Fluid Quality Control Mechanisms
An ultra-thin membrane named pia mater surrounds brains arteries. The name pia mater comes from Medieval Latin and translates to tender mother. The space created by the presence of pia mater around arterial vessels is known as the Virchow-Robin space, named after the two investigators who discovered its presence.
The Virchow-Robin space ends where brain capillaries begin. There it is eliminated by fusion of the capillary cells with the membranes of brain cells called astrocytes, star-shaped cells.
Virchow-Robin space shields the fluid around neurons from all proteins and other large molecules leaked from arterial blood vessels. It also clears waste-containing fluid from around neurons created by metabolic cellular activity. Waste containing fluid flows through the pia mater into the Virchow-Robin space and then drains into the lymphatic system of the head for return to the heart.
Blood Brain Barrier
About 98% of blood’s small molecules do not enter the brain through its capillary system. Brain capillaries are also not permeable to water molecules.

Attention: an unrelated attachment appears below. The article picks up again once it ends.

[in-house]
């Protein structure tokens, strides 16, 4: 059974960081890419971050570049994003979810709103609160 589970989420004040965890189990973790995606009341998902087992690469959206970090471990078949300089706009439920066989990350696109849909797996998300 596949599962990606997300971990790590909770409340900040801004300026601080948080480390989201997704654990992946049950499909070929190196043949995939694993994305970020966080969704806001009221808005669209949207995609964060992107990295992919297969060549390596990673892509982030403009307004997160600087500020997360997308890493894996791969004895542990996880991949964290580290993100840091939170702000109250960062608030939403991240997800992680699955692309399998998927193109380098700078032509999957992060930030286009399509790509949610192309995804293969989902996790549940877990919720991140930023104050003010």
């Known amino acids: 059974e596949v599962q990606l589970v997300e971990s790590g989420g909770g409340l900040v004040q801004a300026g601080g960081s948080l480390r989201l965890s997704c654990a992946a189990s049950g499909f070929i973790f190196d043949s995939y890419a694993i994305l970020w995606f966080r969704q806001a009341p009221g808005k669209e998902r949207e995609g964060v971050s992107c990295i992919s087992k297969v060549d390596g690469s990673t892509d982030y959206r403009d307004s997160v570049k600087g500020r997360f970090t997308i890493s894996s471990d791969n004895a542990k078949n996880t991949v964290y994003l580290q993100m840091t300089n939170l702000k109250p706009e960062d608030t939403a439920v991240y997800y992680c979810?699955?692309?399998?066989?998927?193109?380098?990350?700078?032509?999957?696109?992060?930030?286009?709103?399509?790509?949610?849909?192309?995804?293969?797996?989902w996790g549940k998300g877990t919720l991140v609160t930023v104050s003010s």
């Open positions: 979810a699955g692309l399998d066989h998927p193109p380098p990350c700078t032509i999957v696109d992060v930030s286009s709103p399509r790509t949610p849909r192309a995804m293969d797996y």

Elsewhere in the body, direct exchange of water and small water-soluble molecules between blood and fluid surrounding cells is unconstrained at capillaries.
The blood brain barrier is created by tight lacing together of capillary cells by protein formations called adherens junctions. The junctions assure that all molecules entering the brain from the capillaries must go through, rather than around capillary cells. Within capillary cells there are multiple mechanisms for regulation of the passage of molecules to the brain.
An additional layer of physical and operational support for the blood brain barrier comes from membrane projections of another brain cell named astrocyte. The astrocytes’ foot-like structures make direct contact with brain capillaries to provide mechanical support. Astrocytes also secrete chemical factors to block entry to the brain of peripheral immune system cells.